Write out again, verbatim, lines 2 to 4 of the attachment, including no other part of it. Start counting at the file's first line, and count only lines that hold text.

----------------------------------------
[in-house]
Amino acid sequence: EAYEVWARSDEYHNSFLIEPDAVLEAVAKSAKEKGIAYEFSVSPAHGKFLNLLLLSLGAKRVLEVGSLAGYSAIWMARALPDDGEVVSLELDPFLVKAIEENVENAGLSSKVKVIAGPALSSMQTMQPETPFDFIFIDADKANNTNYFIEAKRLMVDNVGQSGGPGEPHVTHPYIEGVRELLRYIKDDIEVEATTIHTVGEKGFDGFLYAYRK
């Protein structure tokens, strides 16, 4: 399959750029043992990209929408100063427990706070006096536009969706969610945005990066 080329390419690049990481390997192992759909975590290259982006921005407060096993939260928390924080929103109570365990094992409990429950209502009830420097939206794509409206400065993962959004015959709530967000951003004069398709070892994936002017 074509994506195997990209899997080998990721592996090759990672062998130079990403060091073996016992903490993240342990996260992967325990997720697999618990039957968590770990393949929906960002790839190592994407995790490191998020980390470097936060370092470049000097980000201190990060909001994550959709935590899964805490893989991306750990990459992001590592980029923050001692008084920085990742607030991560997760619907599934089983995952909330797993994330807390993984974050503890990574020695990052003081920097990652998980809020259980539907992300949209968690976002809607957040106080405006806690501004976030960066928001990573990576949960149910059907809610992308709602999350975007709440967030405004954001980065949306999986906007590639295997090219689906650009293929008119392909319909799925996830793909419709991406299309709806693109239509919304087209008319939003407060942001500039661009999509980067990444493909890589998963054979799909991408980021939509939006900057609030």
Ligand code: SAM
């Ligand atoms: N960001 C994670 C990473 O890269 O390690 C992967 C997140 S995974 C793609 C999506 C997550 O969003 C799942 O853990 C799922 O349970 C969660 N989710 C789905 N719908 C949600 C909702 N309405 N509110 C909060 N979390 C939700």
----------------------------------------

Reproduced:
Amino acid sequence: EAYEVWARSDEYHNSFLIEPDAVLEAVAKSAKEKGIAYEFSVSPAHGKFLNLLLLSLGAKRVLEVGSLAGYSAIWMARALPDDGEVVSLELDPFLVKAIEENVENAGLSSKVKVIAGPALSSMQTMQPETPFDFIFIDADKANNTNYFIEAKRLMVDNVGQSGGPGEPHVTHPYIEGVRELLRYIKDDIEVEATTIHTVGEKGFDGFLYAYRK
């Protein structure tokens, strides 16, 4: 399959750029043992990209929408100063427990706070006096536009969706969610945005990066 080329390419690049990481390997192992759909975590290259982006921005407060096993939260928390924080929103109570365990094992409990429950209502009830420097939206794509409206400065993962959004015959709530967000951003004069398709070892994936002017 074509994506195997990209899997080998990721592996090759990672062998130079990403060091073996016992903490993240342990996260992967325990997720697999618990039957968590770990393949929906960002790839190592994407995790490191998020980390470097936060370092470049000097980000201190990060909001994550959709935590899964805490893989991306750990990459992001590592980029923050001692008084920085990742607030991560997760619907599934089983995952909330797993994330807390993984974050503890990574020695990052003081920097990652998980809020259980539907992300949209968690976002809607957040106080405006806690501004976030960066928001990573990576949960149910059907809610992308709602999350975007709440967030405004954001980065949306999986906007590639295997090219689906650009293929008119392909319909799925996830793909419709991406299309709806693109239509919304087209008319939003407060942001500039661009999509980067990444493909890589998963054979799909991408980021939509939006900057609030």
Ligand code: SAM